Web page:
Frequently Asked Questions
We have more than 70,000 photocopied items of letters Jefferson wrote or received as well as other Jefferson documents. This includes approximately 18,000 letters written by him (and some of these in multiple copies) in addition to the more than 25,000 letters written to him. It also includes documents of historic significance, private notes, and some topical collections of material.
No, we are not a repository of original Jefferson material, which would require high standards of preservation, security, and insurance. Rather, we have the largest collection of Jefferson correspondence in photocopy or digital form, from hundreds of libraries, archives, and private individuals. We have been systematically and chronologically publishing this material with editorial and contextual additions to make the complete archive accessible to the widest possible audience.
Princeton University, our host institution, has about 30 original items of Jefferson manuscript, correspondence or miscellaneous materials in its holdings of Rare Books and Manuscripts. A finding aid for Princeton University’s Special Collections holdings of Jefferson material is available online.
The original manuscript material resides in approximately 900 libraries, archives, and private collections around the world. The repositories with the largest collections of Jefferson original materials are: the Library of Congress, the Massachusetts Historical Society, the University of Virginia, and the Missouri History Museum. When repositories digitize or display these collections, often called “The Jefferson Papers,” they refer only to the original manuscripts in their holdings and not the entire known extant corpus. See also the Related Links section of this website.
Little of Jefferson’s correspondence was published during his lifetime and of that which was printed, much was unauthorized. Very few of the letters written to Jefferson had been published before, although he kept a careful record of them for himself. Even when Jefferson’s papers appeared in several nineteenth-century published editions, letters to him were excluded, the editions were highly selective, and they often lacked scholarly rigor and context.
The first of these early editions, Memoirs, Correspondence, and Miscellanies: from the Papers of Thomas Jefferson was produced by Thomas Jefferson Randolph, Jefferson's grandson. Published in 1829 shortly after Jefferson's death, it included only a small portion of Jefferson's total correspondence, introduced changes in spelling and wording, avoided controversial topics, and attempted to secure Jefferson's legacy and keep his family financially solvent.
A second edition, The Writings of Thomas Jefferson: Being His Autobiography, Correspondence, Reports, Messages, Addresses, and other Writings, Official and Private, edited by Henry A. Washington, appeared in 1853-1854. Featuring Jefferson’s public letters, which the federal government had recently purchased and deposited at the Library of Congress, the edition was marred by faulty transcriptions, poor organization, and the suppression of Jefferson's comments on slavery.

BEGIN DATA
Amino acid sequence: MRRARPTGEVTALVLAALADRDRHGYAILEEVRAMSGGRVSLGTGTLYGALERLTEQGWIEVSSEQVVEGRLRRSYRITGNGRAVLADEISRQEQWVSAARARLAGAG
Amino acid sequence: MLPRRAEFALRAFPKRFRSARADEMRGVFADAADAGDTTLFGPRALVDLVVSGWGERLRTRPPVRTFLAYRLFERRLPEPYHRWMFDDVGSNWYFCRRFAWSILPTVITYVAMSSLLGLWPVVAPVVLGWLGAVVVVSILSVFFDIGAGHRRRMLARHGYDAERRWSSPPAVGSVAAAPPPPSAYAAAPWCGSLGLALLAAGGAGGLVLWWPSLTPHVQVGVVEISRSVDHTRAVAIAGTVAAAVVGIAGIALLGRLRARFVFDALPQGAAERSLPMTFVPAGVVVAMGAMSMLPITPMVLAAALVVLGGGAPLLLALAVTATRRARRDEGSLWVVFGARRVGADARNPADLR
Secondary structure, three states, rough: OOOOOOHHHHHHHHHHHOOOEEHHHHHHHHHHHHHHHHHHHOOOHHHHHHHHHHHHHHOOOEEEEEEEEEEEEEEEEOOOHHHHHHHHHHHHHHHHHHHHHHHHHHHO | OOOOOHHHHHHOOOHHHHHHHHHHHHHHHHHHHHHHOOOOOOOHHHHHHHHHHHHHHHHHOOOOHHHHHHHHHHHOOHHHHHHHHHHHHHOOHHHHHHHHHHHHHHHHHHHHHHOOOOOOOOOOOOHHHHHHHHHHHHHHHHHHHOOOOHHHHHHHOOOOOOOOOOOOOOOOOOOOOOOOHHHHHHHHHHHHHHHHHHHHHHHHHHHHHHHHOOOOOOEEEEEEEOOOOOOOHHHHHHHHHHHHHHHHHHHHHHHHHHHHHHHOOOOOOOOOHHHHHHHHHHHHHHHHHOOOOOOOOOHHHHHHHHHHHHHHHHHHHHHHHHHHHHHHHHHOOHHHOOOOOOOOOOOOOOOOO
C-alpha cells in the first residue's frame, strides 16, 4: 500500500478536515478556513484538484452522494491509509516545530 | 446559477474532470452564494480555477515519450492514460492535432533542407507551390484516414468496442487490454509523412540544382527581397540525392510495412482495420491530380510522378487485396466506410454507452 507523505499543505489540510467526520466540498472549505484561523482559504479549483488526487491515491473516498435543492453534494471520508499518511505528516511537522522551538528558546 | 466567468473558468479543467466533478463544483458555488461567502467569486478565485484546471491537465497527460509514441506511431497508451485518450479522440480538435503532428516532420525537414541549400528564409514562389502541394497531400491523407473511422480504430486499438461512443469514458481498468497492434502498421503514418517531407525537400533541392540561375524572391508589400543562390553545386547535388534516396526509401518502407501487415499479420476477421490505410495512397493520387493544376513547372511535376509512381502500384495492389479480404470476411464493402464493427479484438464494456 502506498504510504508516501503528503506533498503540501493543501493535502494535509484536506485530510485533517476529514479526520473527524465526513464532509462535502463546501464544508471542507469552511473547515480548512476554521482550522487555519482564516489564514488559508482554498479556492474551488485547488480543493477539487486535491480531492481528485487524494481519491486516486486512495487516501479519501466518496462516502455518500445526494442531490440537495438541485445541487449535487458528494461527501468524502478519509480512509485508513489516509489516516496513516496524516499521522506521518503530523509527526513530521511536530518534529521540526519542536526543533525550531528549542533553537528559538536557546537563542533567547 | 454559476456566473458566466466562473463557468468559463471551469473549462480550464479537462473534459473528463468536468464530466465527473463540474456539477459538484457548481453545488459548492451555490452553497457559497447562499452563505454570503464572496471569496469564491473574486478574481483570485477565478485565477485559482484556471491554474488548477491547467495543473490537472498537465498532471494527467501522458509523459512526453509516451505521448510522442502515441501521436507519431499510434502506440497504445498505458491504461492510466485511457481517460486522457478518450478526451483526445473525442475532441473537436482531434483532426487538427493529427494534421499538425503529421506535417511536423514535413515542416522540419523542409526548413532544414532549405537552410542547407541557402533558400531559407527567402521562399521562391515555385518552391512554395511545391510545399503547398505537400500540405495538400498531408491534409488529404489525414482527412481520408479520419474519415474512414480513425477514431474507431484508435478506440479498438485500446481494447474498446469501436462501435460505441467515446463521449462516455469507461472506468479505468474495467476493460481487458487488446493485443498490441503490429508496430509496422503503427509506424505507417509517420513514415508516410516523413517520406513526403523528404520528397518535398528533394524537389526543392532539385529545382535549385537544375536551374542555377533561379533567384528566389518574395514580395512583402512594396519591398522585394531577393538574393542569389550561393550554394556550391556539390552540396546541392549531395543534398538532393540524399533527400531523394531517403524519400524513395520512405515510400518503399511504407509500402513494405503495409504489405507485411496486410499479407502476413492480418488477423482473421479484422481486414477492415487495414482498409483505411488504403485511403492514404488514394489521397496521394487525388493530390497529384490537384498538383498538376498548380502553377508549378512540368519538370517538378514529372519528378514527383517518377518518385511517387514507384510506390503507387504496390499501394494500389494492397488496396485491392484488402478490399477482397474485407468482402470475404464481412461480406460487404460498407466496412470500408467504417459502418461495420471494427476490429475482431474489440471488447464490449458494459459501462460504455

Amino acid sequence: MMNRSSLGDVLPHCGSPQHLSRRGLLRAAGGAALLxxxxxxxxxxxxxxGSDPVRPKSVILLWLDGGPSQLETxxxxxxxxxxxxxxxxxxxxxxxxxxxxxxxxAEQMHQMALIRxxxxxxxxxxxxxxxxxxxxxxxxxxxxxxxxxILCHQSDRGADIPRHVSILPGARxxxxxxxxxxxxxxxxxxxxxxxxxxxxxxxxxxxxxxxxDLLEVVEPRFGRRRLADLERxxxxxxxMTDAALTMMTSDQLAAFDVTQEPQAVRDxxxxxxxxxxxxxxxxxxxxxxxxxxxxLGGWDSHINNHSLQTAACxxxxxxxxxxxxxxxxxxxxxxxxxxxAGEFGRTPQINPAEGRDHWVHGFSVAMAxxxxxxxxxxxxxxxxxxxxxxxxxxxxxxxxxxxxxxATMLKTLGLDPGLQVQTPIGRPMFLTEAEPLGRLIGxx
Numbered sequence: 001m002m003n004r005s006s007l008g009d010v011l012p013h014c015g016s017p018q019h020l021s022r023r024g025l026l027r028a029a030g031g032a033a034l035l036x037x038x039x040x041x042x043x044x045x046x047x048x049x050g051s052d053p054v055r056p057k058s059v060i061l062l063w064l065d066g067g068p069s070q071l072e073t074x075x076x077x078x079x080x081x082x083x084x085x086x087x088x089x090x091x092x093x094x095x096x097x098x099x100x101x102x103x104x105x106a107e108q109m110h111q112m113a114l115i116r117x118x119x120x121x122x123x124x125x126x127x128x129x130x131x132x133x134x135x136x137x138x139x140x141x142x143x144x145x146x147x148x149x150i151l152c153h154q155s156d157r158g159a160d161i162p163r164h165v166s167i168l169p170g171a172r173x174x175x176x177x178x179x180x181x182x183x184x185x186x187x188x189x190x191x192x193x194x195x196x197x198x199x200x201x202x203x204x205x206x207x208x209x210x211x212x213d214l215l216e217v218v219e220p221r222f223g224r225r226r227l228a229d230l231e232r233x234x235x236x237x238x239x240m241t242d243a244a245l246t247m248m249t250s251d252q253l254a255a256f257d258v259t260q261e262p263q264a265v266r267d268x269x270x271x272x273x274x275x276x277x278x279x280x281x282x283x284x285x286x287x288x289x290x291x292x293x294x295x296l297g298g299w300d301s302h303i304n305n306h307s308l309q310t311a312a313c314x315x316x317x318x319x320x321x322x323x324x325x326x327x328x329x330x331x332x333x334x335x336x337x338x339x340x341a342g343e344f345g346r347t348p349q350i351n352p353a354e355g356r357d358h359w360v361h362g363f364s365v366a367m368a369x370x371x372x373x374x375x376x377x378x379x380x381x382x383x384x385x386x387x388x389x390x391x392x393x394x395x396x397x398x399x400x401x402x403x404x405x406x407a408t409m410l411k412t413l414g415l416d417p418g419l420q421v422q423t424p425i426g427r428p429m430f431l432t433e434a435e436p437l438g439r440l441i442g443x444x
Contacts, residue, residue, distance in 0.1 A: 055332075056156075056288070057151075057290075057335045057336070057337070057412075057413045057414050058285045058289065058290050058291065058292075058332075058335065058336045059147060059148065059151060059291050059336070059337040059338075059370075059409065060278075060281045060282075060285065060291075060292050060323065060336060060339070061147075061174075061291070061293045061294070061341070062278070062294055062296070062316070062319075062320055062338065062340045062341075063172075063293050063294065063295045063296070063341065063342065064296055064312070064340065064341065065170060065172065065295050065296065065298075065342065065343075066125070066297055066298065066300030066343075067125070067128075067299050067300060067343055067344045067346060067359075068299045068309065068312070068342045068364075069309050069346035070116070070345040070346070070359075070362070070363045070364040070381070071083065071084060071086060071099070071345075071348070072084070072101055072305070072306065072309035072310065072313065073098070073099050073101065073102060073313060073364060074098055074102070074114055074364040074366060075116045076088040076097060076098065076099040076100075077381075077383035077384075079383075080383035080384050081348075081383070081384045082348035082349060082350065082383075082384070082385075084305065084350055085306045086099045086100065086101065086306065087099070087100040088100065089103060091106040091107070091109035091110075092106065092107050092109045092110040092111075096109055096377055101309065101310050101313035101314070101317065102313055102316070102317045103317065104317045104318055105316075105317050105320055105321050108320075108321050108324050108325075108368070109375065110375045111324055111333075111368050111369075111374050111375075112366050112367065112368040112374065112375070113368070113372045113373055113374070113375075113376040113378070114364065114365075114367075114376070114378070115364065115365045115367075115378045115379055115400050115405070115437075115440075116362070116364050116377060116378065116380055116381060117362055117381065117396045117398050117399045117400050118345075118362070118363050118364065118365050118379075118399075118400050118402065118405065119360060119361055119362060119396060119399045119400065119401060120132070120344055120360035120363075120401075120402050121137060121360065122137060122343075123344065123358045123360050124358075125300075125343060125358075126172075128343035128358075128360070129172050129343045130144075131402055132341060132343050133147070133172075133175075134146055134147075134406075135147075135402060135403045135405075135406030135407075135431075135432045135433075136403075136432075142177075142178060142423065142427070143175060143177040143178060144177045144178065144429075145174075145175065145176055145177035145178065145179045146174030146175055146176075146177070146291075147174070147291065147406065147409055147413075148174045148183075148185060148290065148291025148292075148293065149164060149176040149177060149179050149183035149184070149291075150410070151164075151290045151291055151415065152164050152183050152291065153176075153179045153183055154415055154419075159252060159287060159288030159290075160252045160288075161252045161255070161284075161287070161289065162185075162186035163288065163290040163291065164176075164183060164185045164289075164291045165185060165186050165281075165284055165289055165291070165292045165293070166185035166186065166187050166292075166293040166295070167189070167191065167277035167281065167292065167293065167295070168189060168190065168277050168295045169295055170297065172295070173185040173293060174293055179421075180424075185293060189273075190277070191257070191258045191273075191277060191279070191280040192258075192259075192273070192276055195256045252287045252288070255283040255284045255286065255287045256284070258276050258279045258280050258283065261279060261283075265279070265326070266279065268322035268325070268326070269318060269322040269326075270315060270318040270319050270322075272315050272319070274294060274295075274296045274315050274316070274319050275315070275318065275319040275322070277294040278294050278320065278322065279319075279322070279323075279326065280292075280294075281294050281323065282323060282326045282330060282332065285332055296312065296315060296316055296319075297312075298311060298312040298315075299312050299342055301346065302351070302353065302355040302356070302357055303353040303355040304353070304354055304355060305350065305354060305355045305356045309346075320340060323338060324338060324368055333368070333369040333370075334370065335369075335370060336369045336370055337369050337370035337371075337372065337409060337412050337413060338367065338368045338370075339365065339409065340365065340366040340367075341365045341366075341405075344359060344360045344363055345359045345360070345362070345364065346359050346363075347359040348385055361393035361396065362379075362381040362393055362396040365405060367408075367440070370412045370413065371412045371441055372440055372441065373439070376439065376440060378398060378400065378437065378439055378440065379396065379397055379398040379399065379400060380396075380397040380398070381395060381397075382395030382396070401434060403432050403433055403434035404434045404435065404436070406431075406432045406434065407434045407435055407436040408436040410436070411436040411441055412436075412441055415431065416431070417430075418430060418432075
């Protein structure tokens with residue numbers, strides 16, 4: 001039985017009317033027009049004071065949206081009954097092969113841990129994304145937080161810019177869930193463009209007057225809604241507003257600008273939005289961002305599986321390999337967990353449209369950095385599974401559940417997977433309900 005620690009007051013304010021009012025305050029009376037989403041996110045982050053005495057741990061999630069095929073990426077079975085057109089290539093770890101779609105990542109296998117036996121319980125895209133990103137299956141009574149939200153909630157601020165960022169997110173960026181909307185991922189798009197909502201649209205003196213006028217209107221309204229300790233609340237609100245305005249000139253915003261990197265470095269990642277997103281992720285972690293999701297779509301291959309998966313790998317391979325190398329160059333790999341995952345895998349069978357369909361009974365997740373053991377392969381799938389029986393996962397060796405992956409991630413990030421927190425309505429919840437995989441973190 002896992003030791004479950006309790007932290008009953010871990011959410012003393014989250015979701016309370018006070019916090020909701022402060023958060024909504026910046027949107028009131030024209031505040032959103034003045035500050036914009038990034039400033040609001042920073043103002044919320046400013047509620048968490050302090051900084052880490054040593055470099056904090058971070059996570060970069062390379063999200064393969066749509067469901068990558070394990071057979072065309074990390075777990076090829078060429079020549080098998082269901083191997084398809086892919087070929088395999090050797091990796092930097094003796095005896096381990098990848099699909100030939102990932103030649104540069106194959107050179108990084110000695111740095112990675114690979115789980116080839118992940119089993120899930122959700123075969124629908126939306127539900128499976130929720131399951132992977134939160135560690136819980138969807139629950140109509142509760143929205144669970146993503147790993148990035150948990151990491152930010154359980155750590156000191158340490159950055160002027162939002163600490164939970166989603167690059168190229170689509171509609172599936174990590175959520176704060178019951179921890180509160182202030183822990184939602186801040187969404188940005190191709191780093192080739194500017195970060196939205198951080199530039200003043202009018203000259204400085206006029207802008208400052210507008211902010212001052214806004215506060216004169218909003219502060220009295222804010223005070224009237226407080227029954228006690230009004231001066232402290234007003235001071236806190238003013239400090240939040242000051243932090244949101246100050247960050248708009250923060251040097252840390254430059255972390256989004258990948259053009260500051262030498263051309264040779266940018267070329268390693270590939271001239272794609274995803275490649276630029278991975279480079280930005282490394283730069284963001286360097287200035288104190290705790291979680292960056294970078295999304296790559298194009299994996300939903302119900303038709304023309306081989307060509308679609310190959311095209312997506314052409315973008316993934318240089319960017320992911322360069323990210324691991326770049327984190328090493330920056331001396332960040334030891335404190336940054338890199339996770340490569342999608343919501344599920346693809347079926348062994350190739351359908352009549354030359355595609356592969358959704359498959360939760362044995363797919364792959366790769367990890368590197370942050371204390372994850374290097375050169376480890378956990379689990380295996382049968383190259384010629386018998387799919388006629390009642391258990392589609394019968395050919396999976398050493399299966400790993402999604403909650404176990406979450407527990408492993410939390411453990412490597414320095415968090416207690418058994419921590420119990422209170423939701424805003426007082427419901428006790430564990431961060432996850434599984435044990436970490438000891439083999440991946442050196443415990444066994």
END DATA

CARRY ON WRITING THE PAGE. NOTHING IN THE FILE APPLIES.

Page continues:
Paul Leicester Ford was the third editor to produce a major Jefferson edition. His multi-volume Works of Thomas Jefferson, published from 1892 to 1899, was the best-edited of the nineteenth-century editions and contained letters from multiple sources that focused on Jefferson as a statesman. Ford checked documents against original manuscripts, provided source information, and compared—and sometimes collated—multiple versions of texts.
Editors Andrew A. Lipscomb and Albert Ellery Bergh produced another edition of Jefferson's letters between 1903 and 1907 as The Writings of Thomas Jefferson. Their edition contained both private and public correspondence, with reprints from the earlier compilations as well as some never-before published letters from manuscript. While lacking editorial and source notes, the Lipscomb and Bergh volumes included an index, illustrations, and original topical essays. The edition featured modernized spelling, punctuation, and orthography.
It was not until 1950 with the first published volume of our authoritative edition of The Papers of Thomas Jefferson under the editorship of Julian P. Boyd that all surviving public and private letters, both incoming and outgoing from numerous sources worldwide, received their fullest treatment in chronological sequence and editorial thoroughness. It remains the most comprehensive and scholarly edition of Jefferson's writings today.
For further reading, see the Project History of this site as well as the following:
* Francis D. Cogliano, "Jefferson's Papers," in Thomas Jefferson: Reputation and Legacy (Charlottesville, 2006), 74-105.
* Worthington Chauncey Ford, "The Jefferson Papers," in Thomas Jefferson, Architect by Fiske Kimball (Boston, 1916), 3-9.
* Paul G. Sifton, "Introduction" to the Index to the Thomas Jefferson Papers (Washington, D.C., 1976), vii-xvii.
* "Editions of Jefferson's Writings," an article courtesy of the Thomas Jefferson Encyclopedia.